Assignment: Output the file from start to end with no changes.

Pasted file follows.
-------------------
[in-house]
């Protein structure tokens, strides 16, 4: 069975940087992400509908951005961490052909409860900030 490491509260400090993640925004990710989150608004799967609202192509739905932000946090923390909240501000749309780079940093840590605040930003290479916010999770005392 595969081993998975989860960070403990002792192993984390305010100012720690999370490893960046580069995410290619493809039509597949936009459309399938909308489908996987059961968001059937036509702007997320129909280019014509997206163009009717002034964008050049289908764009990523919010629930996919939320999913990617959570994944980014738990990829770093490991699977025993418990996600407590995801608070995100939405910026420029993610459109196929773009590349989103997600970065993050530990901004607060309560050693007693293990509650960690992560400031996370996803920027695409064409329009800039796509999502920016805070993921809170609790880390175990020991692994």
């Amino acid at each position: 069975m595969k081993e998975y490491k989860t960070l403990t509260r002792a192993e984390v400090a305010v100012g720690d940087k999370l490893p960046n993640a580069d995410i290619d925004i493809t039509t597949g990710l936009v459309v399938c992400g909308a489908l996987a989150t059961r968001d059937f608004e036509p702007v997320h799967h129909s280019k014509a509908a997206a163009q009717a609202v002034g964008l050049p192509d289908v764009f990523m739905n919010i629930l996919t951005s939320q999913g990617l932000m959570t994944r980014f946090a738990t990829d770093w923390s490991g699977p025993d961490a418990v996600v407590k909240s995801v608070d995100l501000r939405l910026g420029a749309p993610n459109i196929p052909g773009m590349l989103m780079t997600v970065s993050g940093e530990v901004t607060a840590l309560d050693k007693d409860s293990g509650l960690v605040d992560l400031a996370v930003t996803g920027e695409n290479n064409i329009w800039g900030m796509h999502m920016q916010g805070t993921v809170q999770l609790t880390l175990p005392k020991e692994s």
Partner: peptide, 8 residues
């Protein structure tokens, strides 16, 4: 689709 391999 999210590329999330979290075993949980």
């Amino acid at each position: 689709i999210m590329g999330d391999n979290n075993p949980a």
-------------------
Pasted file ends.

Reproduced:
[in-house]
């Protein structure tokens, strides 16, 4: 069975940087992400509908951005961490052909409860900030 490491509260400090993640925004990710989150608004799967609202192509739905932000946090923390909240501000749309780079940093840590605040930003290479916010999770005392 595969081993998975989860960070403990002792192993984390305010100012720690999370490893960046580069995410290619493809039509597949936009459309399938909308489908996987059961968001059937036509702007997320129909280019014509997206163009009717002034964008050049289908764009990523919010629930996919939320999913990617959570994944980014738990990829770093490991699977025993418990996600407590995801608070995100939405910026420029993610459109196929773009590349989103997600970065993050530990901004607060309560050693007693293990509650960690992560400031996370996803920027695409064409329009800039796509999502920016805070993921809170609790880390175990020991692994």
């Amino acid at each position: 069975m595969k081993e998975y490491k989860t960070l403990t509260r002792a192993e984390v400090a305010v100012g720690d940087k999370l490893p960046n993640a580069d995410i290619d925004i493809t039509t597949g990710l936009v459309v399938c992400g909308a489908l996987a989150t059961r968001d059937f608004e036509p702007v997320h799967h129909s280019k014509a509908a997206a163009q009717a609202v002034g964008l050049p192509d289908v764009f990523m739905n919010i629930l996919t951005s939320q999913g990617l932000m959570t994944r980014f946090a738990t990829d770093w923390s490991g699977p025993d961490a418990v996600v407590k909240s995801v608070d995100l501000r939405l910026g420029a749309p993610n459109i196929p052909g773009m590349l989103m780079t997600v970065s993050g940093e530990v901004t607060a840590l309560d050693k007693d409860s293990g509650l960690v605040d992560l400031a996370v930003t996803g920027e695409n290479n064409i329009w800039g900030m796509h999502m920016q916010g805070t993921v809170q999770l609790t880390l175990p005392k020991e692994s």
Partner: peptide, 8 residues
């Protein structure tokens, strides 16, 4: 689709 391999 999210590329999330979290075993949980």
């Amino acid at each position: 689709i999210m590329g999330d391999n979290n075993p949980a």